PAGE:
Chronotype in the history of physics

23 Jan

Recently, I have developed an interest in the cognitive effects of individual differences in chronotype. It occurred to me that it might be worth collecting data on the chronotype of famous individuals, perhaps for historiometric analysis.

As it happens, I have been reading Miller’s study of the collaboration between physicist  Wolfgang Pauli and Carl Jung where I encountered these observations:

On Pauli:

“He was never up before midday.” (p. 19)

“It soon became impossible for him to make it to Sommerfeld’s morning lectures, which began at 9:00 am. Instead Pauli took to dropping in at noon to check the blackboard to see what the topic had been so he could work it out himself.”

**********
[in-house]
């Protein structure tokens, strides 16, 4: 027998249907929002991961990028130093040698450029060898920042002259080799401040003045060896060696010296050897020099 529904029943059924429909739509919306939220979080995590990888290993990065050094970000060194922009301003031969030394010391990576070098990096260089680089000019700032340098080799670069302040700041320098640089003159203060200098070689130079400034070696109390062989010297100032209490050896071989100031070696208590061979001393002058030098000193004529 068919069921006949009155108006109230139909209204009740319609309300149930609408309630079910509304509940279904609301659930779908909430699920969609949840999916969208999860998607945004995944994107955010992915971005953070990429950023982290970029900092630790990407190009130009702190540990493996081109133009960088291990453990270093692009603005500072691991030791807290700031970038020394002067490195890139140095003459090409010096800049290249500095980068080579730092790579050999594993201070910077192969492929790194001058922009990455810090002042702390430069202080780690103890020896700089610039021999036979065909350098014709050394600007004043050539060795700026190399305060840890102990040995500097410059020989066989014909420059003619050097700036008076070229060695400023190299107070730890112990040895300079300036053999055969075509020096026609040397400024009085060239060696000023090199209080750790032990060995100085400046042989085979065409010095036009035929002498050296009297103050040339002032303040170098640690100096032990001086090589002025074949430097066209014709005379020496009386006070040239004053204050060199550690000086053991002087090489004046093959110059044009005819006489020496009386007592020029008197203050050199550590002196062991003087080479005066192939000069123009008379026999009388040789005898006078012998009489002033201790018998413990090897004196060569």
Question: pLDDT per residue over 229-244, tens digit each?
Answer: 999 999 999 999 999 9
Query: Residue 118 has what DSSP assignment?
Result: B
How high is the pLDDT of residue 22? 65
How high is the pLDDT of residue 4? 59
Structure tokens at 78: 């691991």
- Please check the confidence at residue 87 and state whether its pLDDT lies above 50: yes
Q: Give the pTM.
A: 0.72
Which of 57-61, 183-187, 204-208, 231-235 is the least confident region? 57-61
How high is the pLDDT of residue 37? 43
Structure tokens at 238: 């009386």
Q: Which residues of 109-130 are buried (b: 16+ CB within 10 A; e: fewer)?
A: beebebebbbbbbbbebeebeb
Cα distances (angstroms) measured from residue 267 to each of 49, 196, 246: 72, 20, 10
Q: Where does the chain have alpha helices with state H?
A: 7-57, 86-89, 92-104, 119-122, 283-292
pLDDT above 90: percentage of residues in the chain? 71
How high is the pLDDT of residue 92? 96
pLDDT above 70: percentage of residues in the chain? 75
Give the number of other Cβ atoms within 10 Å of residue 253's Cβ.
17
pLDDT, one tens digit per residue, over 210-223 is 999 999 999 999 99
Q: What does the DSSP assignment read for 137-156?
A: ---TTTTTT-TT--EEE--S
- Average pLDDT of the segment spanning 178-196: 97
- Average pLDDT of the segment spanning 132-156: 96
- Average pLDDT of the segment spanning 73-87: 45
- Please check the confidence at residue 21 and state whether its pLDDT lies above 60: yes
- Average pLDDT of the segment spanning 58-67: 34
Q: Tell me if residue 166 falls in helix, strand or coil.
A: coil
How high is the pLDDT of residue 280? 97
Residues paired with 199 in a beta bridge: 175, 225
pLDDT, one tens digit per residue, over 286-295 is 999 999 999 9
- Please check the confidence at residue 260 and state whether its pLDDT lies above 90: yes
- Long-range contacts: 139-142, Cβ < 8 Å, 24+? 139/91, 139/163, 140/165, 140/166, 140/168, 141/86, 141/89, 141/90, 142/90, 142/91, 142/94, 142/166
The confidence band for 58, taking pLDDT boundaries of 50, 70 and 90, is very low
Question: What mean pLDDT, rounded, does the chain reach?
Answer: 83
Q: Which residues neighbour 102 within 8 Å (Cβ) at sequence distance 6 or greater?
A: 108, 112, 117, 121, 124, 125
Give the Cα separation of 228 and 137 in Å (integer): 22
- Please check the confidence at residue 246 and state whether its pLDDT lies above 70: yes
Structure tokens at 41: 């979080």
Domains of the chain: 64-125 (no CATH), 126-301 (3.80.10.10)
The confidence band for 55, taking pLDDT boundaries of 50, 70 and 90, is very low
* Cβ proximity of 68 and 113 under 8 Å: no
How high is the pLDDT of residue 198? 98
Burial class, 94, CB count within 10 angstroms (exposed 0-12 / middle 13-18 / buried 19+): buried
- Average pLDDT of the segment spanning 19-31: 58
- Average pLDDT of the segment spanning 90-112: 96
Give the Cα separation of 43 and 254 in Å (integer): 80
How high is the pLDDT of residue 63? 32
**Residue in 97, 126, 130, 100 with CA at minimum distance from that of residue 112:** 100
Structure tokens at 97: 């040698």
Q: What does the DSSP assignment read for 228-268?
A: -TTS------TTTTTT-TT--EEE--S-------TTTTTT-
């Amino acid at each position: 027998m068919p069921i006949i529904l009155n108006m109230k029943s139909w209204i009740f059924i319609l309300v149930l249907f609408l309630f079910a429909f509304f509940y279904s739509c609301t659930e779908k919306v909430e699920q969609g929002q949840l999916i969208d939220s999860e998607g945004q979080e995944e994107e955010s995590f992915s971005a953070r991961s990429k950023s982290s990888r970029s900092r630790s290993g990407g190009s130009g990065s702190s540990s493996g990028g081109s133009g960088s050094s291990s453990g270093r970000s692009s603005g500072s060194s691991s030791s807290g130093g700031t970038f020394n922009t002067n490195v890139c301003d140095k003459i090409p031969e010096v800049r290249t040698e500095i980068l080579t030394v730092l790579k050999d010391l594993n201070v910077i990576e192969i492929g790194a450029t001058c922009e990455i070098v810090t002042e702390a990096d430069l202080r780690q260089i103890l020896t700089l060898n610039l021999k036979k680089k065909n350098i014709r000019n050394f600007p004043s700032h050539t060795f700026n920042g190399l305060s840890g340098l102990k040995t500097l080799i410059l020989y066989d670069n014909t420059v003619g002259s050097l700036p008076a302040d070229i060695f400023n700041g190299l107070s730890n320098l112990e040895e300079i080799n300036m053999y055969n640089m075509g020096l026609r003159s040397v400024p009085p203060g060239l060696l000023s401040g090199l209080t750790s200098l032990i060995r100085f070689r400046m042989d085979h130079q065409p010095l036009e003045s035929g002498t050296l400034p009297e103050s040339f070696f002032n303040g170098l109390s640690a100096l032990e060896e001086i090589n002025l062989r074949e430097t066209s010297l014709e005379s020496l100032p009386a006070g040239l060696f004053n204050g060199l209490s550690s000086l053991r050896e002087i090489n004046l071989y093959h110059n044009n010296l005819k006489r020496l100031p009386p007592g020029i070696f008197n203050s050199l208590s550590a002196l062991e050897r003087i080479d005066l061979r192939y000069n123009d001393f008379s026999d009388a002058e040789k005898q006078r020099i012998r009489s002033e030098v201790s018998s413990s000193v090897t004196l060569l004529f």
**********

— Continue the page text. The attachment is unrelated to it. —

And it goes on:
About Max Born and Pauli:

“Born was an early riser, Pauli far from that, especially after late nights working” (p.  38)

On Heisenberg and Pauli:

“Heisenberg complained that no one went to bed before 1 P.M. Pauli of course was in his element.” (p. 40)

Research suggests that chronotype correlates with important real world outcomes. It would be interesting to collect a data base of chronotype information on famous individuals and compare it to biographical details.

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